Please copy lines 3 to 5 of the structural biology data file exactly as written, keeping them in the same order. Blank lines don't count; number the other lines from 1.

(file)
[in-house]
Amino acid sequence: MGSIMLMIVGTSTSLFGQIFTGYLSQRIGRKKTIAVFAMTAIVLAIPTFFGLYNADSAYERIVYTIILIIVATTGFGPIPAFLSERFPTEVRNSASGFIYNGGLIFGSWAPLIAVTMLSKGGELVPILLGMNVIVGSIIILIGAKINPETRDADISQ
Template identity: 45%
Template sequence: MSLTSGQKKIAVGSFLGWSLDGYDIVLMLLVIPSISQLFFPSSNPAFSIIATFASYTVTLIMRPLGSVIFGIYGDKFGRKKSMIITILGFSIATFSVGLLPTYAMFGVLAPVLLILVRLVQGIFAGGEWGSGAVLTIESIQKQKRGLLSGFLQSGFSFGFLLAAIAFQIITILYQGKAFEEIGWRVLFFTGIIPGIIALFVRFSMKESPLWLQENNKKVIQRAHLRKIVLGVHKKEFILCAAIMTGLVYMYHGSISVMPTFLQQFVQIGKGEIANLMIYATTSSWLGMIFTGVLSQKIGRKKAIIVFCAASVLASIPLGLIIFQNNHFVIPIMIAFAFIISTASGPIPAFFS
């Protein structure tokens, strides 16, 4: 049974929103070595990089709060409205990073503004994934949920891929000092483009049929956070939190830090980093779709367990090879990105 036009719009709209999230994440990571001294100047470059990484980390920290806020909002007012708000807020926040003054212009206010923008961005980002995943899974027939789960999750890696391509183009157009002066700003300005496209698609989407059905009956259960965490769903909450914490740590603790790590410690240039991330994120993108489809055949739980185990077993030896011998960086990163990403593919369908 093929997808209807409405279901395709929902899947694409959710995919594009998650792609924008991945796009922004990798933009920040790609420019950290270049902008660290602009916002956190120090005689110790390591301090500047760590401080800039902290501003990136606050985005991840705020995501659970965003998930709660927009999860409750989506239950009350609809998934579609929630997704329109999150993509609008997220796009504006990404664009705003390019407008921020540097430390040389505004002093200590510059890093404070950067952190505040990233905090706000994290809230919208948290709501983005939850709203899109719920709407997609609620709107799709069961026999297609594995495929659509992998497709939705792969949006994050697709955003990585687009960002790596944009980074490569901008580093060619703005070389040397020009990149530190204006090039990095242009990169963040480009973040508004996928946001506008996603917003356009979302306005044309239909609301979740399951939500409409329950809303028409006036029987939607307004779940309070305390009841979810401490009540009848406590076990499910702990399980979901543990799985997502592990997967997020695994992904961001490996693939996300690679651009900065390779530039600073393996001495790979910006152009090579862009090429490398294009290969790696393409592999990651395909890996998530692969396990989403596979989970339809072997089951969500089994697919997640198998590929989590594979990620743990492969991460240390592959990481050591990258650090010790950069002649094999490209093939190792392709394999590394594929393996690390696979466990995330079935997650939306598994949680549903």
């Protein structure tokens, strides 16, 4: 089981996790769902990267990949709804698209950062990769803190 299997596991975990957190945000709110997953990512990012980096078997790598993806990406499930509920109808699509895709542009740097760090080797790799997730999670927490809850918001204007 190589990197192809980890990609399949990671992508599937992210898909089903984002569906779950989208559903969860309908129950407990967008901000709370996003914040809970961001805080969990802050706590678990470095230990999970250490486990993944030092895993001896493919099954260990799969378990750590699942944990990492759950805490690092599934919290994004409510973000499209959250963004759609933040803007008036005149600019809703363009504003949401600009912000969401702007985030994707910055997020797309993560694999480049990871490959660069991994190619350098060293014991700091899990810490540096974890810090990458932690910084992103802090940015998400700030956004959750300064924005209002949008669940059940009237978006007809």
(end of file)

Template identity: 45%
Template sequence: MSLTSGQKKIAVGSFLGWSLDGYDIVLMLLVIPSISQLFFPSSNPAFSIIATFASYTVTLIMRPLGSVIFGIYGDKFGRKKSMIITILGFSIATFSVGLLPTYAMFGVLAPVLLILVRLVQGIFAGGEWGSGAVLTIESIQKQKRGLLSGFLQSGFSFGFLLAAIAFQIITILYQGKAFEEIGWRVLFFTGIIPGIIALFVRFSMKESPLWLQENNKKVIQRAHLRKIVLGVHKKEFILCAAIMTGLVYMYHGSISVMPTFLQQFVQIGKGEIANLMIYATTSSWLGMIFTGVLSQKIGRKKAIIVFCAASVLASIPLGLIIFQNNHFVIPIMIAFAFIISTASGPIPAFFS
């Protein structure tokens, strides 16, 4: 049974929103070595990089709060409205990073503004994934949920891929000092483009049929956070939190830090980093779709367990090879990105 036009719009709209999230994440990571001294100047470059990484980390920290806020909002007012708000807020926040003054212009206010923008961005980002995943899974027939789960999750890696391509183009157009002066700003300005496209698609989407059905009956259960965490769903909450914490740590603790790590410690240039991330994120993108489809055949739980185990077993030896011998960086990163990403593919369908 093929997808209807409405279901395709929902899947694409959710995919594009998650792609924008991945796009922004990798933009920040790609420019950290270049902008660290602009916002956190120090005689110790390591301090500047760590401080800039902290501003990136606050985005991840705020995501659970965003998930709660927009999860409750989506239950009350609809998934579609929630997704329109999150993509609008997220796009504006990404664009705003390019407008921020540097430390040389505004002093200590510059890093404070950067952190505040990233905090706000994290809230919208948290709501983005939850709203899109719920709407997609609620709107799709069961026999297609594995495929659509992998497709939705792969949006994050697709955003990585687009960002790596944009980074490569901008580093060619703005070389040397020009990149530190204006090039990095242009990169963040480009973040508004996928946001506008996603917003356009979302306005044309239909609301979740399951939500409409329950809303028409006036029987939607307004779940309070305390009841979810401490009540009848406590076990499910702990399980979901543990799985997502592990997967997020695994992904961001490996693939996300690679651009900065390779530039600073393996001495790979910006152009090579862009090429490398294009290969790696393409592999990651395909890996998530692969396990989403596979989970339809072997089951969500089994697919997640198998590929989590594979990620743990492969991460240390592959990481050591990258650090010790950069002649094999490209093939190792392709394999590394594929393996690390696979466990995330079935997650939306598994949680549903």